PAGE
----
The music likewise went through many moods: tender, Thelonius Monk-like (angular, dryly humorous, drivingly rhythmic), wild, serene, and all very beautiful, With the man himself at the piano, his story was all the more riveting. This is someone my husband, Bill, considers "in the running" for the best living jazz pianist.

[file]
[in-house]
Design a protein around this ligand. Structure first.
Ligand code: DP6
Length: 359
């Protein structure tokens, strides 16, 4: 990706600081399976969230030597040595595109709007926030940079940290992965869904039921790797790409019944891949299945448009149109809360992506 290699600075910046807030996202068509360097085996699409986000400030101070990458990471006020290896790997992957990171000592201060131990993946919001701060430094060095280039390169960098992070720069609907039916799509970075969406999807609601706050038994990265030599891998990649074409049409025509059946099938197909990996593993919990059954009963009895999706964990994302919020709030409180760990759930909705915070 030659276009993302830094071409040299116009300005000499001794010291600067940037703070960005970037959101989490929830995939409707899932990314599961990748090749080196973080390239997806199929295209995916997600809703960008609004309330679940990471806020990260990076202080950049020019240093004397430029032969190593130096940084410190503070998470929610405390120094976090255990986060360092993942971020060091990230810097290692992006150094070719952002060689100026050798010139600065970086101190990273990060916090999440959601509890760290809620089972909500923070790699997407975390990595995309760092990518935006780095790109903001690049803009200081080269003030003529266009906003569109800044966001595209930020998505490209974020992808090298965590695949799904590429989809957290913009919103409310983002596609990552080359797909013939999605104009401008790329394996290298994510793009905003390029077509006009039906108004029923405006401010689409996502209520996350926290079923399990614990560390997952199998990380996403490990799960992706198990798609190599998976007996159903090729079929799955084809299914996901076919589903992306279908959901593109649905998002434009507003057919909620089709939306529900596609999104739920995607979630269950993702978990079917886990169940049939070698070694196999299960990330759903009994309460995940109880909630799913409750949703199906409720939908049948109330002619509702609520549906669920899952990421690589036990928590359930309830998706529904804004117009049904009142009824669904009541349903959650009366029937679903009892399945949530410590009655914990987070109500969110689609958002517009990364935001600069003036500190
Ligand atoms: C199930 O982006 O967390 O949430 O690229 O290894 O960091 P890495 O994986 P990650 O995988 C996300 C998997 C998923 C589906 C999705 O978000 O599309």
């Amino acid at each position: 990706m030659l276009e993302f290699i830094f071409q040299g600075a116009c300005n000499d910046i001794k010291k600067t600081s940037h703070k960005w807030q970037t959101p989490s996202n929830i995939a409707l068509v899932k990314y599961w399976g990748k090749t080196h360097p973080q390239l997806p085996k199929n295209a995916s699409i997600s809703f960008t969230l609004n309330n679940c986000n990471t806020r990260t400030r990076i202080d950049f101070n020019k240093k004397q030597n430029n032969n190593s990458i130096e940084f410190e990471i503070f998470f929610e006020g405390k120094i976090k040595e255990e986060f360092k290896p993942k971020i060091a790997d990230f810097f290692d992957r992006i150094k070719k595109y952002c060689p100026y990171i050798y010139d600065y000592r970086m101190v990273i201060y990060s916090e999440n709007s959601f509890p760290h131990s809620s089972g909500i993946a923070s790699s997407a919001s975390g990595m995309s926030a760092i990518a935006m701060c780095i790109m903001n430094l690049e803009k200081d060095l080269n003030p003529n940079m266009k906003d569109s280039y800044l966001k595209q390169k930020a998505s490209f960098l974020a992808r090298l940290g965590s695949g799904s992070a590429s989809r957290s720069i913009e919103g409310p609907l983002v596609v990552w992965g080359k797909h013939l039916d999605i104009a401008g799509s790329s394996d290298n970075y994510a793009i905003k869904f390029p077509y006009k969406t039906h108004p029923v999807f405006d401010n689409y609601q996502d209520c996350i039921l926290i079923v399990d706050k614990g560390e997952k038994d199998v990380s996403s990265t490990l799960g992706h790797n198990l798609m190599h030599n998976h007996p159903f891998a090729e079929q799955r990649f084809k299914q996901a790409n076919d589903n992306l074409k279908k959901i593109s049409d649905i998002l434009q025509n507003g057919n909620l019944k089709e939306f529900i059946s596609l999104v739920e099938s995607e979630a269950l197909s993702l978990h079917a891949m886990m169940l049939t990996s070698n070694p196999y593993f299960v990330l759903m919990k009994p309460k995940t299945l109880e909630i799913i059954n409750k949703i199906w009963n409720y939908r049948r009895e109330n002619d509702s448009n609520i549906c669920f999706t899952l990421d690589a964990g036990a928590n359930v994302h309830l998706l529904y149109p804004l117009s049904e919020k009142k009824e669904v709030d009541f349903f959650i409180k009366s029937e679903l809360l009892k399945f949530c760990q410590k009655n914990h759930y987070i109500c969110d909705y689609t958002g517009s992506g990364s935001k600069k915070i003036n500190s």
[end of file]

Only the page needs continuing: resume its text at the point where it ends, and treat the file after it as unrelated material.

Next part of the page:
I had the privilege of being able to speak with Fred afterwards briefly, and to ask him if any chaplains made a difference in his stay. He said he couldn’t remember any chaplains, though he assumed they were there, and all of the staff were wonderful. But somebody’s rabbi did visit, and Fred did experience him as a “solid” presence. Fred denied being “a Jewish Jew,” but appreciated this one particular man. This was a completely unforgettable experience for me, and if I can get the dvd of it, I’d love to present it to others. It ran about 1 hour and 20 minutes, no intermission.